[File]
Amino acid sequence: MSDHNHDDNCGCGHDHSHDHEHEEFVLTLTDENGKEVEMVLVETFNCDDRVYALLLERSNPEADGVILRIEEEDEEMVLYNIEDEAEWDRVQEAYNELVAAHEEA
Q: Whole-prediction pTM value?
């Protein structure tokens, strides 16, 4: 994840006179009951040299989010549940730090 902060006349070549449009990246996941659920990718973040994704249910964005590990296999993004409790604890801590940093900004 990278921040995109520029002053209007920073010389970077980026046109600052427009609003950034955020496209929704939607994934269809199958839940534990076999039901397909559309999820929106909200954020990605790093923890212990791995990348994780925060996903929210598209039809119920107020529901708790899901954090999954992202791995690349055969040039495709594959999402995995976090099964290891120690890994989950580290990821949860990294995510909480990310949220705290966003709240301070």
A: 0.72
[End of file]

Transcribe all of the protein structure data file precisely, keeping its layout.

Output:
Amino acid sequence: MSDHNHDDNCGCGHDHSHDHEHEEFVLTLTDENGKEVEMVLVETFNCDDRVYALLLERSNPEADGVILRIEEEDEEMVLYNIEDEAEWDRVQEAYNELVAAHEEA
Q: Whole-prediction pTM value?
């Protein structure tokens, strides 16, 4: 994840006179009951040299989010549940730090 902060006349070549449009990246996941659920990718973040994704249910964005590990296999993004409790604890801590940093900004 990278921040995109520029002053209007920073010389970077980026046109600052427009609003950034955020496209929704939607994934269809199958839940534990076999039901397909559309999820929106909200954020990605790093923890212990791995990348994780925060996903929210598209039809119920107020529901708790899901954090999954992202791995690349055969040039495709594959999402995995976090099964290891120690890994989950580290990821949860990294995510909480990310949220705290966003709240301070």
A: 0.72